I was quite tired so decided to go to bed a bit earlier, but the string of my hammock broke and I ended up on the floor. There’s nothing like a bit of ritual humiliation to make you feel like actually, you are going to have another beer, so back out I went and watched everyone dancing. I think the woman who was sitting next to me felt a bit sorry for me because she kept trying to make me go and dance, but I didn’t feel like it, so she brought me some fried chicken and rice. Or maybe she’d just heard about the hammock story and figured I probably needed feeding again :)

Craig and I went to bed on the floor (after everyone was marched back to the homestay we were staying at by the guide who told me to tell everyone not to go too wild) and the rest of the group went for a wash in the stream. Most people were feeling a little bit worse for wear, which was not an excellent plan seeing as we had six hours of walking “up and down mountains” according to our guide. Worse news was that because they had boiled river water which doesn’t taste like clean water (obviously), the guides had made us all tea to take with us for the walk. Boiling hot, disgusting tea. Yummy!

We all sat around after breakfast and comforted ourselves by playing with the family’s puppies. There were three big puppies, probably around 8-10 weeks old, and a tiny one

He wasn’t being fed by his mum because she was starving and had clearly made the decision that she should try and feed the ones that were going to have the best chance. Every time the little one went near her, she bit him really hard and hurt his leg. We fed him a little rice but he was a pathetic little thing – he’d been trying to get warm overnight in the embers of the fire outside the house because all the other dogs wouldn’t let him snuggle up to them, so he’d got singed whiskers.

We all felt so sorry for him and I think this came across as the family brought some food out for the dogs who clearly were not being fed at any other time. Someone came up with the bright idea of trying to buy the small one, but the guide said that that was impolite because in Cambodia, to buy someone’s dog implies that you think they are so poor they need the money. You are usually given a dog rather than having to buy it. We didn’t want to cause offence so we reluctantly said goodbye to the tiny one, knowing he was going to die as he was so weak he could hardly stand.

We were waiting outside for the guides and suddenly the owner came back…he had seen me put on Craig’s leather cowboy hat and the guide said that actually, we could swap the dog for the hat and that would be ok. The stakes had been raised! Craig and I looked at each other for a couple of seconds, and being the sensible and rational people we are, chose the dog. He was bundled into a makeshift sling over my shoulder and off we went!!

The six hours we did that day were definitely “extreme double jungle” – hatless, waterless, but with a dog and a steaming hot bottle of tea, we went through the jungle…the ranger at the front cutting a hole that he could fit through, up and down the mountains. As we are significantly bigger than the Cambodians, every three seconds someone would scream or swear as they got impaled on a thorn bush, a spider web in the face, scratched by the sharp vines that covered the floor, bitten by termites or smacked by bits of tree settling back into place. Strangely, we didn’t see any monkeys that day. It was very funny though to hear everyone in pain as they were lacerated by the jungle.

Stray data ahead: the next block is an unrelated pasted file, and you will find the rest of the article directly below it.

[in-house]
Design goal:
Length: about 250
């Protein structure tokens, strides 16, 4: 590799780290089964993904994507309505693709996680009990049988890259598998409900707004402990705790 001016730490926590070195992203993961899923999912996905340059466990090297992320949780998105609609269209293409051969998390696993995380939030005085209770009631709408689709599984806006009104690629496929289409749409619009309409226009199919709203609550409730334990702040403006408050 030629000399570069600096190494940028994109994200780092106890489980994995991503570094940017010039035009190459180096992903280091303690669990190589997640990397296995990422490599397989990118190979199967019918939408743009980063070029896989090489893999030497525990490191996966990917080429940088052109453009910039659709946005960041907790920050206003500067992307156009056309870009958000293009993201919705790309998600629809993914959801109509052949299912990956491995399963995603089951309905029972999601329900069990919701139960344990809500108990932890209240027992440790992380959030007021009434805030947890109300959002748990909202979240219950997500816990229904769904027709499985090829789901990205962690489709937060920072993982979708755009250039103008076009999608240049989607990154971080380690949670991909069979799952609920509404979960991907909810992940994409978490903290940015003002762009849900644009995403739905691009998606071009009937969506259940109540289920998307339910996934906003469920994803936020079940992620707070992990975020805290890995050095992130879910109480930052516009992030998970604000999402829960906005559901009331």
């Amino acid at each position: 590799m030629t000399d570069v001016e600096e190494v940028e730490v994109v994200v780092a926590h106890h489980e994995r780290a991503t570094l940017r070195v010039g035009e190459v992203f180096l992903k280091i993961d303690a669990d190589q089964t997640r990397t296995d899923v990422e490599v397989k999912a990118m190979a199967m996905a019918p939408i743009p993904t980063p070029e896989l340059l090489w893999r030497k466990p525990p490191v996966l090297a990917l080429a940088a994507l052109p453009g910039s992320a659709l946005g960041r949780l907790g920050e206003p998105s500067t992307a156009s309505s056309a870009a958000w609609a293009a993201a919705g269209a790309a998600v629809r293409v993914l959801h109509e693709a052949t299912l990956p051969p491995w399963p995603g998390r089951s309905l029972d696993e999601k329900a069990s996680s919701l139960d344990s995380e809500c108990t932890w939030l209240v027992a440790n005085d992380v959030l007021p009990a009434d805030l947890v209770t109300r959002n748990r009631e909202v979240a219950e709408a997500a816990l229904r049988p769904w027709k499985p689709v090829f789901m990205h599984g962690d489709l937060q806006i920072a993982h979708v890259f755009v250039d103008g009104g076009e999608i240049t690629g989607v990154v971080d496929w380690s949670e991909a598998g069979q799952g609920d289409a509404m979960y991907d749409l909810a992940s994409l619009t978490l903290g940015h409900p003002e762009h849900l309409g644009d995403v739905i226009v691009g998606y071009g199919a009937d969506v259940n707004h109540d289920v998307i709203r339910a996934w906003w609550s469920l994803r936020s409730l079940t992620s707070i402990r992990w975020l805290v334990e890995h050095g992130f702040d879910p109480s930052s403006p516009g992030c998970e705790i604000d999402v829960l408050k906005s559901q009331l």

We were going to go to a waterfall for a “power shower” but as it was dry season the river had dried up. The guide hadn’t told us that so we had all had visions of jumping in cold water a couple of hours in (having only had vile warm tea to drink) so we were fairly disappointed.

Where the waterfall should have been

I just couldn’t drink enough tea to keep myself hydrated – I knew it was bad when my sweat went cold and then stopped…I obviously just didn’t have enough liquid in me to keep sweating! The last bit felt like I was floating I was so thirsty. The ranger did show us how to cut down certain vines and then drink the water within them, but that was only a few drops. Best drops ever though! Luckily the dog slept pretty much the whole way, and kept his toilet breaks to when we stopped for a rest.

We reached the end village after over six hours of walking with no water. The first bottle of water didn’t even touch the sides! We settled down for lunch and to compare wounds, but we made it! I think it is one of the best things I’ve done so far. It was so fun, we had a great group of people, lovely guides, welcoming villages…and we swapped a hat for a dog. Legendary trek.

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3 Responses to “Extreme double jungle trekking in Ratanakiri”

  1. semplo 26 February 2012 at 7:29 pm #

    It sounds intense – but I agree it does sound like the best thing so far. I love the puppy story. But I’m wondering what you’re going to do with him? Can you take him out of the country, or are you just hoping to get him strong enough to survive and be able to give him to someone that will provide him a home. I know we American put more value in our pets than the countries you’re travelling through.

    But don’t forget to tell us his outcome. Plus He needs a name! Enjoy

  2. rutheh 17 March 2012 at 3:50 am #

    Thanks for the “like” today.